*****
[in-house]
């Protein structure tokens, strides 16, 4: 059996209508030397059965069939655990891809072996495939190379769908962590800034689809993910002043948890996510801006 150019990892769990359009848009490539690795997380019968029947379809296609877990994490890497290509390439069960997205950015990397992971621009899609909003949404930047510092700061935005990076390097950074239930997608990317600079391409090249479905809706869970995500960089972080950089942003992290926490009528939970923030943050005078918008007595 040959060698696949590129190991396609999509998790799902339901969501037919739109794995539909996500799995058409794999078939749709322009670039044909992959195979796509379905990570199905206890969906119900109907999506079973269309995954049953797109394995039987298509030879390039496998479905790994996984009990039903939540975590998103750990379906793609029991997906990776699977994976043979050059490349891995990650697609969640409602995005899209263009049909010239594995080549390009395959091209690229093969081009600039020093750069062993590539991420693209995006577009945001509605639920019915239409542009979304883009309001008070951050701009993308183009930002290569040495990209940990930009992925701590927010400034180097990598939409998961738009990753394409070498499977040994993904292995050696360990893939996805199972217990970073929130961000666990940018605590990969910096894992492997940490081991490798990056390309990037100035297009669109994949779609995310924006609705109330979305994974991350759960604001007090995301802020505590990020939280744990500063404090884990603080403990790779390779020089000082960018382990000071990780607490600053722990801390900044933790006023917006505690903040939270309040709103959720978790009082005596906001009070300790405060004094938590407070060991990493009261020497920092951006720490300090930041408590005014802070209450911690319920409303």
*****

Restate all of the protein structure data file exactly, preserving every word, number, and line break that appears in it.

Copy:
[in-house]
């Protein structure tokens, strides 16, 4: 059996209508030397059965069939655990891809072996495939190379769908962590800034689809993910002043948890996510801006 150019990892769990359009848009490539690795997380019968029947379809296609877990994490890497290509390439069960997205950015990397992971621009899609909003949404930047510092700061935005990076390097950074239930997608990317600079391409090249479905809706869970995500960089972080950089942003992290926490009528939970923030943050005078918008007595 040959060698696949590129190991396609999509998790799902339901969501037919739109794995539909996500799995058409794999078939749709322009670039044909992959195979796509379905990570199905206890969906119900109907999506079973269309995954049953797109394995039987298509030879390039496998479905790994996984009990039903939540975590998103750990379906793609029991997906990776699977994976043979050059490349891995990650697609969640409602995005899209263009049909010239594995080549390009395959091209690229093969081009600039020093750069062993590539991420693209995006577009945001509605639920019915239409542009979304883009309001008070951050701009993308183009930002290569040495990209940990930009992925701590927010400034180097990598939409998961738009990753394409070498499977040994993904292995050696360990893939996805199972217990970073929130961000666990940018605590990969910096894992492997940490081991490798990056390309990037100035297009669109994949779609995310924006609705109330979305994974991350759960604001007090995301802020505590990020939280744990500063404090884990603080403990790779390779020089000082960018382990000071990780607490600053722990801390900044933790006023917006505690903040939270309040709103959720978790009082005596906001009070300790405060004094938590407070060991990493009261020497920092951006720490300090930041408590005014802070209450911690319920409303």